An indication of the rights of woman: a feminist text-image analysis of the 'Response du Bestiaire'

Glen, Abigail L. (2014) An indication of the rights of woman: a feminist text-image analysis of the 'Response du Bestiaire'. MPhil(R) thesis, University of Glasgow.

Due to Embargo and/or Third Party Copyright restrictions, this thesis is not available in this service.
Printed Thesis Information:


My thesis presents the first feminist text-image analysis of MS 412. This manuscript contains illustrated versions of Richard de Fournival’s 'Bestiaire d’amour' and an anonymous 'Response' to it, which is written from the perspective of a female member of the nobility. The author of the 'Response' is unknown. My ultimate aim is to ascertain whether the images that accompany these bestiary images support or detract from what I consider to be the pro-woman nature of the Response text.
The 'Response' has been considered one of the first secular proto-feminist works in Europe, but there is no evidence to confirm the identity of its author. In the Introduction, I briefly discuss the scholarship on this subject, before considering the various socio-political issues that may have influenced the composition of this text and a modern critical reading of it. To do so, I distinguish between the Lady (a gendered fictional construct with distinct characteristics) and the Response-author (the actual author of the work, whose biography is unknown). I give a general history of the bestiary, as well as of the 'Bestiaire d’amour' and its author, Richard de Fournival. In later chapters, I present a feminist text-image study of the Response, analysing fifteen of a possible forty-eight entries.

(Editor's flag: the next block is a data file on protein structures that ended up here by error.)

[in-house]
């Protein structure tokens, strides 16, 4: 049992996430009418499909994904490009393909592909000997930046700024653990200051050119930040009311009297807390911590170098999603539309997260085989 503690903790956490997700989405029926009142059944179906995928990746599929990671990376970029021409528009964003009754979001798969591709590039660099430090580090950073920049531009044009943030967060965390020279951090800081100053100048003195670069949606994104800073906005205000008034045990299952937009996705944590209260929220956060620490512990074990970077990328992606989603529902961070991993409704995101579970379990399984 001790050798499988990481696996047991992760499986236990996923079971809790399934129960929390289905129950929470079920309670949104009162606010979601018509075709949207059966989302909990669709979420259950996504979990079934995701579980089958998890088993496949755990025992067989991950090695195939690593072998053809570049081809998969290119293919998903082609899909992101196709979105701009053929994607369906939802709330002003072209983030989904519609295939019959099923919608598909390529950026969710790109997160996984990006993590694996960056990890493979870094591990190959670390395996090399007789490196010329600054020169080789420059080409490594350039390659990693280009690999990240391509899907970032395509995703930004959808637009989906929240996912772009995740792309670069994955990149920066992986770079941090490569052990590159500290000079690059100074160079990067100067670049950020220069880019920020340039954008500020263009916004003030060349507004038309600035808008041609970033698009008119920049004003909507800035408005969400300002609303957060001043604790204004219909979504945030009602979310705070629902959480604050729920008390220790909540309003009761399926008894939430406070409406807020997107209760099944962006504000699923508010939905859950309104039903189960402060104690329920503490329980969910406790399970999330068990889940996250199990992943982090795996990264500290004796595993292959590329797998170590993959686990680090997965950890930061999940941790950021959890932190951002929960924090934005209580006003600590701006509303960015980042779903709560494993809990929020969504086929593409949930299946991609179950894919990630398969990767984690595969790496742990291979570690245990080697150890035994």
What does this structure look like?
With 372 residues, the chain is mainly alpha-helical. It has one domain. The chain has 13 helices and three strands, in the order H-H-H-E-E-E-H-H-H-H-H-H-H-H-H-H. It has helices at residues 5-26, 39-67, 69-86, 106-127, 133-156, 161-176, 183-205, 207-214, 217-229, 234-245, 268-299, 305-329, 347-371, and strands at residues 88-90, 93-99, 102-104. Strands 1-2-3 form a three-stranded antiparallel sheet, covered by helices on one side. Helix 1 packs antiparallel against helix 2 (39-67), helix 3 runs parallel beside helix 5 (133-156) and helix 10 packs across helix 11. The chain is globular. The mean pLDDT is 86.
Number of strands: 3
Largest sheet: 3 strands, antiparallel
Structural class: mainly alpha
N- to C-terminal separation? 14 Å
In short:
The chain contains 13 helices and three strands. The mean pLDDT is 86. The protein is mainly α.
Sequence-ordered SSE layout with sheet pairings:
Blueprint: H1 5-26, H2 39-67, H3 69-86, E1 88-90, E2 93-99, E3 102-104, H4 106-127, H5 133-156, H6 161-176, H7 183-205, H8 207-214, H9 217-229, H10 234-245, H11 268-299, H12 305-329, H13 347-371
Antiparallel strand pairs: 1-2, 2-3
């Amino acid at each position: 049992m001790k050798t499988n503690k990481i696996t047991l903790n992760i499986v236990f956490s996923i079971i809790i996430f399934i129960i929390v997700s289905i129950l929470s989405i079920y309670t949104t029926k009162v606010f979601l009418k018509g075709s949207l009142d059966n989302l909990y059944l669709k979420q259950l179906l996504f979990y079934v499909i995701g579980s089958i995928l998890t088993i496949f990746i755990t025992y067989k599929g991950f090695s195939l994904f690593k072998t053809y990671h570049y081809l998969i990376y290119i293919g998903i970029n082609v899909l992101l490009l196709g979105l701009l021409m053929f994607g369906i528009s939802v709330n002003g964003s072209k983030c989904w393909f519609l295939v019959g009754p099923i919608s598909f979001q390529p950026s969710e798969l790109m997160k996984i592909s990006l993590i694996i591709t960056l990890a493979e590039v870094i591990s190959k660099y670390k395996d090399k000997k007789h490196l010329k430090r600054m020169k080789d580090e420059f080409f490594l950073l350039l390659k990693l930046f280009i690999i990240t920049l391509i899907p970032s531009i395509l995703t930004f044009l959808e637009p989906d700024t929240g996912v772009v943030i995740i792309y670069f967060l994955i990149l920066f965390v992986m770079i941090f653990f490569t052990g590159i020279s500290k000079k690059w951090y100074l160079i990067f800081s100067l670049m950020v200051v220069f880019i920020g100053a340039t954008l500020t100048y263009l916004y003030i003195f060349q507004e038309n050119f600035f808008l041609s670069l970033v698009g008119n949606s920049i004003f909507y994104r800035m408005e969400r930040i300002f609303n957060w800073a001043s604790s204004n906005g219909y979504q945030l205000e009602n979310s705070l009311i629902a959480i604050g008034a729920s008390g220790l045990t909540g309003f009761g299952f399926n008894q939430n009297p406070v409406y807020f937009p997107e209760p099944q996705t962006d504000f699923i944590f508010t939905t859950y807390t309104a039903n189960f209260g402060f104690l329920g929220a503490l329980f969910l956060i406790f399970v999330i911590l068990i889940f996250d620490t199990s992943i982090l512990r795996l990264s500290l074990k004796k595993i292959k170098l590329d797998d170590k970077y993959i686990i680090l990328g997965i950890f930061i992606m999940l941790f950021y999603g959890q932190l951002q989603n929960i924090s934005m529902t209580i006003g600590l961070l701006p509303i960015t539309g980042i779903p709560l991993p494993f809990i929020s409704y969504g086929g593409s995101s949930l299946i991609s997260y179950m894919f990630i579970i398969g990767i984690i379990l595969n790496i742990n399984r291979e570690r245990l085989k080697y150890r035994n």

Ultimately, this study aims to uncover any misogyny to be found in the images, or indeed, any pro-female content. Through the analysis of the animal exempla, I ask: How does the artist/author manipulate traditional bestiary iconography? How does the artist/author use or alter the iconography used in BnF fr. 412’s 'Bestiaire'’s illustrations? How is the language of gesture used to portray information in the images? And above all: if the Lady is who she says she is, can we state that she is truly pro-woman, and in what ways?

Item Type: Thesis (MPhil(R))
Qualification Level: Masters
Additional Information: Due to copyright restrictions the full text of this thesis cannot be made available online. Access to the printed version is available after any embargo period has expired.
Keywords: Bestiaire d’amour, Response du Bestiaire, feminist, bestiary, text-image, Richard de Fournival, Adam and Eve,illuminated manuscripts, Lilith, Medieval, Medieval French, Middle French
Subjects: N Fine Arts > ND Painting
P Language and Literature > PN Literature (General)
P Language and Literature > PQ Romance literatures
Colleges/Schools: College of Arts & Humanities > School of Critical Studies > English Language and Linguistics
College of Arts & Humanities > School of Culture and Creative Arts > History of Art
Supervisor's Name: Strickland, Dr. Debra Higgs and Robertson, Professor Elizabeth
Date of Award: 2014
Depositing User: Ms Abigail L. Glen
Unique ID: glathesis:2014-6214
Copyright: Copyright of this thesis is held by the author.
Date Deposited: 21 Apr 2015 09:09
Last Modified: 03 Jan 2019 14:25

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